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British Industrial History

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Blachford Viaduct

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1892. Blachford Old Viaduct, from 'The Engineer', 17 June 1892.

near Cornwood, north west of Ivybridge, Devon

Originally built in 1848 to carry the South Devon Railway, and now carrying the Paddington-Penzance line.

See Geograph entry for recent photos and map.

The original viaduct, designed by Isambard Kingdom Brunel and completed in 1848, had thirteen timber spans of 61 ft, supported on slender masonry (rough local granite) piers with a maximum height of 96 ft 6 in. Wrought iron girders were added in 1863.

It was one of five timber viaducts in the area which were strengthened in 1863 and rebuilt as all-masonry viaducts in 1893, when the line was doubled, having been originally built as single track broad gauge. The contractors were S. Pearson and Son, with F. T. Hopkinson in charge of the work, with J. C. Inglis of Plymouth acting on behalf of the GWR. The work was briefly described and illustrated in 'The Engineer'[1]. An interesting aspect was the transport of granite blocks from the quarry at Ivybridge, which involved a locomotive-worked zig-zag railway with a gradient of 1 in 20, and inclined planes with a gradient of 1 in 3.5 worked by a 30 HP portable winding engine. Due to a strike of local stone masons, it was decided to build the arches of brick.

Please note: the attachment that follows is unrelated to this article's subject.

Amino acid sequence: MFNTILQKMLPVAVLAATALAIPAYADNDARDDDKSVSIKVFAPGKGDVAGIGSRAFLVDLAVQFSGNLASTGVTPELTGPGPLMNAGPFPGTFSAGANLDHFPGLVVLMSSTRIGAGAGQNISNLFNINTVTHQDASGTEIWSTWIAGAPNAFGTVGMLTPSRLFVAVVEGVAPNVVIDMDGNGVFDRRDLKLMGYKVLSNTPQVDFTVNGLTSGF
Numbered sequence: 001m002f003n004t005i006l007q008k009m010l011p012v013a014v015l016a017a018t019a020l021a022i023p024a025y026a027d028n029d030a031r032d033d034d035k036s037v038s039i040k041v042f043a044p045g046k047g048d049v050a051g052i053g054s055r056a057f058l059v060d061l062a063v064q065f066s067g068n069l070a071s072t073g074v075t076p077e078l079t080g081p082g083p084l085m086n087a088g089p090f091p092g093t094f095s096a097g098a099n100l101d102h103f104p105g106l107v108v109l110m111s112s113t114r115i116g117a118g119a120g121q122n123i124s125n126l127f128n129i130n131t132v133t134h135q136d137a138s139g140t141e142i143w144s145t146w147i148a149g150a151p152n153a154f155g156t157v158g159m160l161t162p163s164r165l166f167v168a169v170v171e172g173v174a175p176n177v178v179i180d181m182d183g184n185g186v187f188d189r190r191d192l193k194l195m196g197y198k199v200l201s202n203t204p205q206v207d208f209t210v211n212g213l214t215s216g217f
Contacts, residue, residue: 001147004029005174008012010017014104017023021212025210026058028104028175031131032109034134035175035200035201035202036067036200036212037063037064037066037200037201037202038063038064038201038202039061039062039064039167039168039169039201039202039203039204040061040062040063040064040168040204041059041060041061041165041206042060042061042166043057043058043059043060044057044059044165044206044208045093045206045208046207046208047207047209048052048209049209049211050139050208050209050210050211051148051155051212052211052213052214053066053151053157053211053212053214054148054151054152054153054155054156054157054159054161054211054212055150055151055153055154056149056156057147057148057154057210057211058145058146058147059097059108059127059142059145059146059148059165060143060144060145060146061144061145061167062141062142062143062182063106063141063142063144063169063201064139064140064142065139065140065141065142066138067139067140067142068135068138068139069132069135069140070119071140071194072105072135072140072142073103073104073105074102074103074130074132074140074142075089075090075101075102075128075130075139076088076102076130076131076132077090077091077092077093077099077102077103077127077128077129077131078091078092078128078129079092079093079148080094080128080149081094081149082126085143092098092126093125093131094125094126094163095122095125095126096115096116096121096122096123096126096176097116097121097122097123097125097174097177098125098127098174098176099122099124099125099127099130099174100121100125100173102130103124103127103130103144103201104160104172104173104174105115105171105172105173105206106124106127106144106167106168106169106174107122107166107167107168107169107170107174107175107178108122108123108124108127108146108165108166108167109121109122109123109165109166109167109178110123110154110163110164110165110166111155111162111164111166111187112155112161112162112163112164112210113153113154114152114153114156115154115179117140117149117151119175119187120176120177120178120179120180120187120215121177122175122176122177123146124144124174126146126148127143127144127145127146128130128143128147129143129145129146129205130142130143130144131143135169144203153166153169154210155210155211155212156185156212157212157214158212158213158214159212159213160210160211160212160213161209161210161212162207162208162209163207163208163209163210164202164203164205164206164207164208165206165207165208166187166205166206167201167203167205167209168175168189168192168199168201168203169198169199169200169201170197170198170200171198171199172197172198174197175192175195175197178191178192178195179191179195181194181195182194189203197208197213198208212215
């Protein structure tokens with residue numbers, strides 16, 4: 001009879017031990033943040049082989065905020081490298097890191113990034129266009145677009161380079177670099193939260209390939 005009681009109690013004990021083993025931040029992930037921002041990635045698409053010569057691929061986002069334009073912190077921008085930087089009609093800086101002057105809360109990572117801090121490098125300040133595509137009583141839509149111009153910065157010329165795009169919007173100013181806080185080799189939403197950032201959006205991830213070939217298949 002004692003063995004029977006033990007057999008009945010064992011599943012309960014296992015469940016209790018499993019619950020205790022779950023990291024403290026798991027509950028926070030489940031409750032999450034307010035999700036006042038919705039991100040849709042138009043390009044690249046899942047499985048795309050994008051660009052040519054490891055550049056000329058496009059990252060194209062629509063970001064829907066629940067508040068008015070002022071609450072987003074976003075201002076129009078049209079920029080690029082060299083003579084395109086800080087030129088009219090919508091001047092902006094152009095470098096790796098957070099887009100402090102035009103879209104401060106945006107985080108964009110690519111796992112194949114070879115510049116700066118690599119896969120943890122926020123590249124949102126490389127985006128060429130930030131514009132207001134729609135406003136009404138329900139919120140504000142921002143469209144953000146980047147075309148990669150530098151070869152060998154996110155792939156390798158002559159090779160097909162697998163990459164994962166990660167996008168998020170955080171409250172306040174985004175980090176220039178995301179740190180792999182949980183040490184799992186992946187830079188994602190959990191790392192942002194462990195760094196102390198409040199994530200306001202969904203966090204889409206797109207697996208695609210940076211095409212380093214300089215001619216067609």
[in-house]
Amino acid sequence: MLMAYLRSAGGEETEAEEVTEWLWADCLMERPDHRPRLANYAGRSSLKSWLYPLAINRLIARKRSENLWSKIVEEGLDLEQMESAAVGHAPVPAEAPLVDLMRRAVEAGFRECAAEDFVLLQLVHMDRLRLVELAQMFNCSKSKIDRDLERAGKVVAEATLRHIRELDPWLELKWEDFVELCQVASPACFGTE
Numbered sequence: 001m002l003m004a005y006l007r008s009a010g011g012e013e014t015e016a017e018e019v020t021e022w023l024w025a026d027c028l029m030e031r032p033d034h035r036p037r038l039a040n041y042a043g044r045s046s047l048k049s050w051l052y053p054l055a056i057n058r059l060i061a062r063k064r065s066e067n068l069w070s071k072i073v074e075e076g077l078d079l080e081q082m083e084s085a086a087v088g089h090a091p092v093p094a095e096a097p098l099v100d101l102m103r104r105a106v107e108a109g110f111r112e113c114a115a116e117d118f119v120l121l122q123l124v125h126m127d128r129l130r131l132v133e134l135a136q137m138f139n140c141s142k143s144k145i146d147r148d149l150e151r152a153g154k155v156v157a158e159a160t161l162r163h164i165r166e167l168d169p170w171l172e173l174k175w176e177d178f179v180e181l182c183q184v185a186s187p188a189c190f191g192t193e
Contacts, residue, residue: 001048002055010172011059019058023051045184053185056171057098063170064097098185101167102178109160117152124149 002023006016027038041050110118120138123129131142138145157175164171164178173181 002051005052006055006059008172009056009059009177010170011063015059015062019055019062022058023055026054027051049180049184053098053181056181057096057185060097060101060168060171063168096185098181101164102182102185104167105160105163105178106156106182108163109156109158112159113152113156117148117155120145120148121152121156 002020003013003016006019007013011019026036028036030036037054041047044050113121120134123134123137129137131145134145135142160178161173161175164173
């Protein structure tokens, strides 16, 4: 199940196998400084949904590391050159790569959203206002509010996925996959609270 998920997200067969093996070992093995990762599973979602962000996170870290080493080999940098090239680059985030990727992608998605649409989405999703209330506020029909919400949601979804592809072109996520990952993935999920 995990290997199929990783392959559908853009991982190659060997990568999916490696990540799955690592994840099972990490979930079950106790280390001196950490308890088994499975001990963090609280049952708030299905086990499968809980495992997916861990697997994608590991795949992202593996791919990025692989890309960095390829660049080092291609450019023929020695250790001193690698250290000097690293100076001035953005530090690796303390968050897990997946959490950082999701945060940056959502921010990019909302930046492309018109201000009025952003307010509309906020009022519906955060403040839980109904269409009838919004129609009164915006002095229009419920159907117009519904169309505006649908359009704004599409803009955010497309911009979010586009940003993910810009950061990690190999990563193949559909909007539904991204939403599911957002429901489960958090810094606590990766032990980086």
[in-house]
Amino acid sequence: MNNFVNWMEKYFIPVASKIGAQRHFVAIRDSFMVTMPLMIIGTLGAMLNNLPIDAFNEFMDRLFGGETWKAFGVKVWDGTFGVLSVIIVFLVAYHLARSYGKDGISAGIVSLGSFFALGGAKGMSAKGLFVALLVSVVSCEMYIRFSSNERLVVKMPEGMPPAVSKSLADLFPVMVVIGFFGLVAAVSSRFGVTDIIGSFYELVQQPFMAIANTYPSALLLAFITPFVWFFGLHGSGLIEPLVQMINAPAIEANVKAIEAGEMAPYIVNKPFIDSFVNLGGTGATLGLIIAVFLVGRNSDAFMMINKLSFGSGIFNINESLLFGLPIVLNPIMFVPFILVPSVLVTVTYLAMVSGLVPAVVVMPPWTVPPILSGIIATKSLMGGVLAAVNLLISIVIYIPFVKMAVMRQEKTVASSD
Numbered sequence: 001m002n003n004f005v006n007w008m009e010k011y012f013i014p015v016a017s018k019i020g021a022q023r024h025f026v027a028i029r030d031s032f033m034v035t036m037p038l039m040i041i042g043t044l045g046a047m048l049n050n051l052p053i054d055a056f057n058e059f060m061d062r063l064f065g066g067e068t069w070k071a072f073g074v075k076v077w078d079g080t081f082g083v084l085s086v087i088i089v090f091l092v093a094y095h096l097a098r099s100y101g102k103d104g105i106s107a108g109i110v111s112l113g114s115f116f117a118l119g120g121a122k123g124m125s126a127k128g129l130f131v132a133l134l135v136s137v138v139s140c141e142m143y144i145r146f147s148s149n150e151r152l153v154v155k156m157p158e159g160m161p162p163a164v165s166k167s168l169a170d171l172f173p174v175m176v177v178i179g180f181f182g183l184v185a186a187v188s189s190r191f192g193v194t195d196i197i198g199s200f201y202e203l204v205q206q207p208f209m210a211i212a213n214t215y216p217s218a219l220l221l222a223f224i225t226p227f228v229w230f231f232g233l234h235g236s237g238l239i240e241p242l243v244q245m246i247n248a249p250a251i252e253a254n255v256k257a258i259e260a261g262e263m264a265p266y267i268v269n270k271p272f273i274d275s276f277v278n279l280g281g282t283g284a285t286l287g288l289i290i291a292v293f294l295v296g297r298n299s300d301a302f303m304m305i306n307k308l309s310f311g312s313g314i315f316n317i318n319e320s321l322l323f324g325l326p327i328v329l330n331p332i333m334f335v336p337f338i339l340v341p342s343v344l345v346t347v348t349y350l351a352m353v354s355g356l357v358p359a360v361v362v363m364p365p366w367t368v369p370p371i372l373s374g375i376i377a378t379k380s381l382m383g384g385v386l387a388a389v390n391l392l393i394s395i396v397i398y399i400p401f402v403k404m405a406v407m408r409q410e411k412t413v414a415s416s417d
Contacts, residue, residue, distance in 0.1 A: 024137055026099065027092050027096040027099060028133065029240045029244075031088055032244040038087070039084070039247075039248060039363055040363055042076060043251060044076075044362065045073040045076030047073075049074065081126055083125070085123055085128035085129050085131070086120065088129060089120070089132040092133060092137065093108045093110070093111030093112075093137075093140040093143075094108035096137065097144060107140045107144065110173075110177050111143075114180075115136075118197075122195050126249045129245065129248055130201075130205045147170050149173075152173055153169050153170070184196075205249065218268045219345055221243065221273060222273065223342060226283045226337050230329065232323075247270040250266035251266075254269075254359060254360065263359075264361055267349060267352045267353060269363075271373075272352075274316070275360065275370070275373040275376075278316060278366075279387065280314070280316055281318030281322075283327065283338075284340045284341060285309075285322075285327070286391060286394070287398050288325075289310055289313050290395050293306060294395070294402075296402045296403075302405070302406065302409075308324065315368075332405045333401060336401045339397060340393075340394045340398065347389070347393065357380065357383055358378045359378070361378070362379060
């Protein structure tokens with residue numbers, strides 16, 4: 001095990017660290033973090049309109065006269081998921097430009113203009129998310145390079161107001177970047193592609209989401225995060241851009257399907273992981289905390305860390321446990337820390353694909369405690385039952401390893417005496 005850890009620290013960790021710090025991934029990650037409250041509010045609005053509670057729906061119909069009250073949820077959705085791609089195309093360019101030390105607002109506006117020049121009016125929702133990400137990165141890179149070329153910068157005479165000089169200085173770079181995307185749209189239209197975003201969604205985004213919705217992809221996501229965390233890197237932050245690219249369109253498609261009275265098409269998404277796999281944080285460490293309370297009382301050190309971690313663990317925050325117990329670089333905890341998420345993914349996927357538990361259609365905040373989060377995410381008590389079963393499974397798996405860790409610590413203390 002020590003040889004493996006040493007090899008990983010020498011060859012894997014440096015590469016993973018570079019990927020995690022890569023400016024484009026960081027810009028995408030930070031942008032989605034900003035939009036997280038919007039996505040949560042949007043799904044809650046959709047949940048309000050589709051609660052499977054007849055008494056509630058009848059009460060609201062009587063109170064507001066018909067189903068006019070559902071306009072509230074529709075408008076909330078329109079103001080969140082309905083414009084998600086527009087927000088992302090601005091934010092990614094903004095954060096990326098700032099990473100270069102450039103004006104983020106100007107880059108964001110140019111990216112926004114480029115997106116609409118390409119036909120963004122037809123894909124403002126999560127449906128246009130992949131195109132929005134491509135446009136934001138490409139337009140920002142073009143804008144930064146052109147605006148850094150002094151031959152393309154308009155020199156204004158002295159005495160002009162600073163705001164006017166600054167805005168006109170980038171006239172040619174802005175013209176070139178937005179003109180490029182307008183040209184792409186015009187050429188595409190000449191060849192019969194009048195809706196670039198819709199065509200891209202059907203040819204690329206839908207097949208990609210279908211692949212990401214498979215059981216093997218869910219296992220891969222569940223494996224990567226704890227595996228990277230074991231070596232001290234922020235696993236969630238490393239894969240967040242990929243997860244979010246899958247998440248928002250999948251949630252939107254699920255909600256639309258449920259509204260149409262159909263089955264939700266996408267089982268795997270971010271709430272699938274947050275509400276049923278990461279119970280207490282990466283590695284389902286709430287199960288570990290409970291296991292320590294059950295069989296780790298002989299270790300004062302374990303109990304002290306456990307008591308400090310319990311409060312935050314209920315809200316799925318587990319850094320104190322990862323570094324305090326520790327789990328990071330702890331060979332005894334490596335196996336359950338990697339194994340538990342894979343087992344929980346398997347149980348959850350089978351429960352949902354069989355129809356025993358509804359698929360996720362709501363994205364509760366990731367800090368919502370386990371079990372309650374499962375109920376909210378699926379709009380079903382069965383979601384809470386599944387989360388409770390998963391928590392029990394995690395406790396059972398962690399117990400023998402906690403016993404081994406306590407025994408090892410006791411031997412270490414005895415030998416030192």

The other four viaducts reconstructed at the time by Pearsons were:-

Bittaford Viaduct
Glaze Viaduct
Ivybridge Viaduct
Slade Viaduct

See Also


Sources of Information

  1. [1] The Engineer, 24 June 1892, pp.544 & 548